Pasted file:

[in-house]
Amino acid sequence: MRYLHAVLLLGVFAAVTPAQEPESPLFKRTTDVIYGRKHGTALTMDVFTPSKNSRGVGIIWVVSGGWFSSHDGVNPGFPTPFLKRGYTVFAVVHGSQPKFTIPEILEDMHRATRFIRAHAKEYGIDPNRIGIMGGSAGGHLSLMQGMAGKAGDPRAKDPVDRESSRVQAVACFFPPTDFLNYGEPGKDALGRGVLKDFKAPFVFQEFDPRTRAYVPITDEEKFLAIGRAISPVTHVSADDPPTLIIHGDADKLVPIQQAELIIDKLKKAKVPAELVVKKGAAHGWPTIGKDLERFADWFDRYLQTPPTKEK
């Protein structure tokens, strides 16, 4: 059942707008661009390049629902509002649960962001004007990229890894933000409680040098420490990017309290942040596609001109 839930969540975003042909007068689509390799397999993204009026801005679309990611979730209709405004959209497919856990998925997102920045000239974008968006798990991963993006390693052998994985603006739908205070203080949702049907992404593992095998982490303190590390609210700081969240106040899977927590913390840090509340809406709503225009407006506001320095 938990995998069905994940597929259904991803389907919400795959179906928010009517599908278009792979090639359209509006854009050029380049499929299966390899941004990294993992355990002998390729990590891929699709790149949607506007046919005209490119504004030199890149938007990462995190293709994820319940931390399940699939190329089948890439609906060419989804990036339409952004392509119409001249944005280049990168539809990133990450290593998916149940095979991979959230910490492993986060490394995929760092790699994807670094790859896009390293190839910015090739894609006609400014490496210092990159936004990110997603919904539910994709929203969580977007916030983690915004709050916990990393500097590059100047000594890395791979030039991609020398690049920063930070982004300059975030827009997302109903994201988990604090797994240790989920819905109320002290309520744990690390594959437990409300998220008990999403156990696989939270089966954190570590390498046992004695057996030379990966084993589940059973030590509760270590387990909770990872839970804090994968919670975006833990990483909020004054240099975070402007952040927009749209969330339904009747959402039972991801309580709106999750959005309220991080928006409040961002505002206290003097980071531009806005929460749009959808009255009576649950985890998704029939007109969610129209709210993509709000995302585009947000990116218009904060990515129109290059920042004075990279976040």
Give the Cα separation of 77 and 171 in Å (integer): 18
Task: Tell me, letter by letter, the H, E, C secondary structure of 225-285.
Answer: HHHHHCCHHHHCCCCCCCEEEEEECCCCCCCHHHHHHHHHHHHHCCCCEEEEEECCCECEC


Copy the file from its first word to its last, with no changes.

[in-house]
Amino acid sequence: MRYLHAVLLLGVFAAVTPAQEPESPLFKRTTDVIYGRKHGTALTMDVFTPSKNSRGVGIIWVVSGGWFSSHDGVNPGFPTPFLKRGYTVFAVVHGSQPKFTIPEILEDMHRATRFIRAHAKEYGIDPNRIGIMGGSAGGHLSLMQGMAGKAGDPRAKDPVDRESSRVQAVACFFPPTDFLNYGEPGKDALGRGVLKDFKAPFVFQEFDPRTRAYVPITDEEKFLAIGRAISPVTHVSADDPPTLIIHGDADKLVPIQQAELIIDKLKKAKVPAELVVKKGAAHGWPTIGKDLERFADWFDRYLQTPPTKEK
């Protein structure tokens, strides 16, 4: 059942707008661009390049629902509002649960962001004007990229890894933000409680040098420490990017309290942040596609001109 839930969540975003042909007068689509390799397999993204009026801005679309990611979730209709405004959209497919856990998925997102920045000239974008968006798990991963993006390693052998994985603006739908205070203080949702049907992404593992095998982490303190590390609210700081969240106040899977927590913390840090509340809406709503225009407006506001320095 938990995998069905994940597929259904991803389907919400795959179906928010009517599908278009792979090639359209509006854009050029380049499929299966390899941004990294993992355990002998390729990590891929699709790149949607506007046919005209490119504004030199890149938007990462995190293709994820319940931390399940699939190329089948890439609906060419989804990036339409952004392509119409001249944005280049990168539809990133990450290593998916149940095979991979959230910490492993986060490394995929760092790699994807670094790859896009390293190839910015090739894609006609400014490496210092990159936004990110997603919904539910994709929203969580977007916030983690915004709050916990990393500097590059100047000594890395791979030039991609020398690049920063930070982004300059975030827009997302109903994201988990604090797994240790989920819905109320002290309520744990690390594959437990409300998220008990999403156990696989939270089966954190570590390498046992004695057996030379990966084993589940059973030590509760270590387990909770990872839970804090994968919670975006833990990483909020004054240099975070402007952040927009749209969330339904009747959402039972991801309580709106999750959005309220991080928006409040961002505002206290003097980071531009806005929460749009959808009255009576649950985890998704029939007109969610129209709210993509709000995302585009947000990116218009904060990515129109290059920042004075990279976040």
Give the Cα separation of 77 and 171 in Å (integer): 18
Task: Tell me, letter by letter, the H, E, C secondary structure of 225-285.
Answer: HHHHHCCHHHHCCCCCCCEEEEEECCCCCCCHHHHHHHHHHHHHCCCCEEEEEECCCECEC